Since I started using Instapaper in 2008, this app has changed the way I read. Instapaper 4.0, released today on the App Store, will change my reading habits, again.
For those who are not familiar with the concept of Instapaper, it’s a web service that allows you to save web articles for later. But unlike the number of similar solutions that have surfaced since Apple featured the app multiple times (or simply its merits, which have been recognized by millions of average users alike), Instapaper isn’t simply a website with an account, a bunch of text stripped off websites, and a bookmarklet to grab articles. Over the years, Instapaper’s Marco Arment, founder and creator of the service, has managed to build an ecosystem around Instapaper, which is based upon but doesn’t stop at apps connected to the service via an API. Apps that support Instapaper play a big role in the service’s success and Arment even showcases this kind of integration in the new 4.0 version, but what really made Instapaper great is its simplicity coupled with publishers’ support, user adoption, multi-platform nature, and interconnectedness of tools that has allowed Instapaper – once a small indie project churning out a couple of thousand articles per day – to become the most popular way to never miss a good read.
Instapaper works on the web, on the Amazon Kindle with automatic wireless delivery, and on Apple’s iPhone and iPad. The foundation upon which Instapaper works and prospers is the Read Later bookmarklet, a button you can install in your browser’s toolbar to send any webpage off to your Instapaper account. Instapaper, however, works best with articles, as its main goal is to provide users with an elegant way to read the words of an author without seeing ads, graphical elements, or readers’ comments. Just text. In this regard, Instapaper works like magic: you hit a button, and any web article is transformed into an elegant, readable, easy on the eye page that you can customize to your liking with different fonts, pagination and brightness settings, or “dark mode” if you prefer white text on black while reading at night.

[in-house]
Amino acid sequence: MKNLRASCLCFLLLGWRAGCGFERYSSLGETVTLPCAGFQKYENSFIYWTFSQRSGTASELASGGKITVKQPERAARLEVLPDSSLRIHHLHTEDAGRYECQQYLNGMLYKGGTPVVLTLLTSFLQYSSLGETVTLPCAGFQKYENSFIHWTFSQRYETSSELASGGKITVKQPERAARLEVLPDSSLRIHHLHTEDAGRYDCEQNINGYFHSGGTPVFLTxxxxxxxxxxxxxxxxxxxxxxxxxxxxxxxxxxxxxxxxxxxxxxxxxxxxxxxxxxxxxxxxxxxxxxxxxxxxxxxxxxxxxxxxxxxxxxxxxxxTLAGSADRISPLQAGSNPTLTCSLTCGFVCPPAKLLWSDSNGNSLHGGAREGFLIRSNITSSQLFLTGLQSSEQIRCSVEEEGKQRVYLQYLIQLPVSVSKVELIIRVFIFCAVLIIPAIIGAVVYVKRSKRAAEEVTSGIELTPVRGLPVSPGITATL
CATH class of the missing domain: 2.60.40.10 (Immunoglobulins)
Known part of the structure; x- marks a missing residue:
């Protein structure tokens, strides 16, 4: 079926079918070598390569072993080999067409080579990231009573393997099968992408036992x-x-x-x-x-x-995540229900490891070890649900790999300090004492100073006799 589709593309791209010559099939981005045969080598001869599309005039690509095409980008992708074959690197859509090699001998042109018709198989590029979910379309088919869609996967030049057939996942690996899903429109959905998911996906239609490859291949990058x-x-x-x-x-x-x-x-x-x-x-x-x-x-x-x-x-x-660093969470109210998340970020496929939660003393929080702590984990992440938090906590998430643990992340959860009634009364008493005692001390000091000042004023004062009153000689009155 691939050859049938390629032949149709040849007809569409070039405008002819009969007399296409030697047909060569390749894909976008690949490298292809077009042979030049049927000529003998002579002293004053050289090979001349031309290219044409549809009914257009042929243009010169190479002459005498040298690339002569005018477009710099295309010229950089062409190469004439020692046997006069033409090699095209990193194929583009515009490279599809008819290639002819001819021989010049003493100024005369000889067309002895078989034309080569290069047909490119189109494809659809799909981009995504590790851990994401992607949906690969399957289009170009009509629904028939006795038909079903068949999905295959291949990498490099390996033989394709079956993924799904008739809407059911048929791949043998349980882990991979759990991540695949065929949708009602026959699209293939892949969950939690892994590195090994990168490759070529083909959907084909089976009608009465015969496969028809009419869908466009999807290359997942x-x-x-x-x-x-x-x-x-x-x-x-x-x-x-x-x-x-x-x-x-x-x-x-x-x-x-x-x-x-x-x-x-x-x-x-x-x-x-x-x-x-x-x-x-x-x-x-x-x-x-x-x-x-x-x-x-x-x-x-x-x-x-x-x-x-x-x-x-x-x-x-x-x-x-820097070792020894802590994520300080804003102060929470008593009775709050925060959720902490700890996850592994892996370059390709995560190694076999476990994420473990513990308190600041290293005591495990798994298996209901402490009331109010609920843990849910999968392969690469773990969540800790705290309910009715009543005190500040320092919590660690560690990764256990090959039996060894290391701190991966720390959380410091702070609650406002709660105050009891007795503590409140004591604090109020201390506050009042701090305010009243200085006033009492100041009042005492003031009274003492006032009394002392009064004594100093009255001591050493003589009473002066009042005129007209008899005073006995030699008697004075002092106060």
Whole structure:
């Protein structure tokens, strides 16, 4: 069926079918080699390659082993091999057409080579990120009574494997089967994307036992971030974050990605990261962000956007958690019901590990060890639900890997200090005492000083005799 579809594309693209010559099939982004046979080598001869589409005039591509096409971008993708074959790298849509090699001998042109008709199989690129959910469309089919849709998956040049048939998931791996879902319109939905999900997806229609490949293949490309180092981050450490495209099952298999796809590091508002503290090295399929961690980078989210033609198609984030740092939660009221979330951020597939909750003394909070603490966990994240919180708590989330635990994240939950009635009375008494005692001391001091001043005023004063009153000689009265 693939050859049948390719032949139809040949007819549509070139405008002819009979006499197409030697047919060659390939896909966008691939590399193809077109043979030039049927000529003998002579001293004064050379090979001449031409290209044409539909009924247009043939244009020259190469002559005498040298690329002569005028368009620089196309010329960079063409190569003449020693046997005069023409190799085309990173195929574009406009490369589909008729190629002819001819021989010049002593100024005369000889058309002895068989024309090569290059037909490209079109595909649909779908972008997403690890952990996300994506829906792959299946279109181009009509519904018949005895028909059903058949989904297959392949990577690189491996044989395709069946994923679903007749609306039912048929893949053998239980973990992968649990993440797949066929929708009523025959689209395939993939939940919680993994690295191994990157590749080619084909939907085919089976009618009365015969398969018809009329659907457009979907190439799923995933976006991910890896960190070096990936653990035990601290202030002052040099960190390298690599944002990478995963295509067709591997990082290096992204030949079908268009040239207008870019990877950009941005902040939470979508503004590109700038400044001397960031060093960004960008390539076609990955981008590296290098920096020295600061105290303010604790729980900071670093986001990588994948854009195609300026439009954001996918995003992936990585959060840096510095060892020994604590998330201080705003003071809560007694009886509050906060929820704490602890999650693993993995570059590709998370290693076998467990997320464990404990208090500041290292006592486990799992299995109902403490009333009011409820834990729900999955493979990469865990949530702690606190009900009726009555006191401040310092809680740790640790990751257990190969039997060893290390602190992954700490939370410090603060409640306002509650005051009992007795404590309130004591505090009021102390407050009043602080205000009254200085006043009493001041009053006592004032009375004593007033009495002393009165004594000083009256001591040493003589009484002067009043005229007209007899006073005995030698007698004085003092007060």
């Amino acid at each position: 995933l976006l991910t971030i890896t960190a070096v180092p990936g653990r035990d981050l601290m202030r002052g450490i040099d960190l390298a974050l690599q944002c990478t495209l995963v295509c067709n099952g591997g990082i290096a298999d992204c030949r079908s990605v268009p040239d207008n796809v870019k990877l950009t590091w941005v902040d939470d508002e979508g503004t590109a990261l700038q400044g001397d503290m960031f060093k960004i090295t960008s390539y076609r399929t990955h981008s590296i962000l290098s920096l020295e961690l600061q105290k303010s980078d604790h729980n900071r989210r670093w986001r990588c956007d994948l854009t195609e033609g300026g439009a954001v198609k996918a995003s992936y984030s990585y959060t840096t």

And I have been reading with Instapaper at night. Since the original iPad came out last year, pretty much everybody had a feeling the device could turn out to be ideal for reading, but no one really stopped to think about the implications of a device for Instapaper before the iPad’s release. When Apple did release the iPad and a native version of Instapaper was available on day one, it was clear Apple’s form factor and Arment’s UI decisions would play well together in the long term.
I’m not the only one to think Instapaper nears perfection on the iPad. In fact, I’m not even the only one to think the iPad edition of Instapaper has redefined portable web reading since its introduction in April 2010. Amidst the proliferation of social magazines, RSS readers, social news readers and more or less any other variation of the terms “social” and “reading”, Instapaper for iPad provides a unique solution to a seemingly unfixable problem: to create your own collection of web articles, ready to take wherever you want. A collection – or, if you will, a constantly updating combination of inbox and archive – that’s also connected with the articles your friends like and the pieces written by people you trust.
On the App Store, Instapaper started as an iPhone app. The app, featured in a great promotional video with Adam Lisagor, introduced iPhone users to the concept of “saving articles for later” – if you, too, have had too many interesting articles in your web browser and have wished there was a way to take them with you all the time, here’s the app for you. The video made it extremely clear that all you needed was a bookmarklet to hit, and an article would appear later on the web, or even better, on your iPhone. Instapaper for iPhone is a fantastic app; it updates fast, it’s elegant, it focuses on articles as it should be, and it gained a number of cool functionalities over time such as pagination, Twitter sharing, and Evernote integration. Yet, as this 4.0 update suggests, it’s clear Instapaper for iPad has somehow overshadowed its iPhone counterpart, making it the version to use when you can’t access your computer or iPad. Read more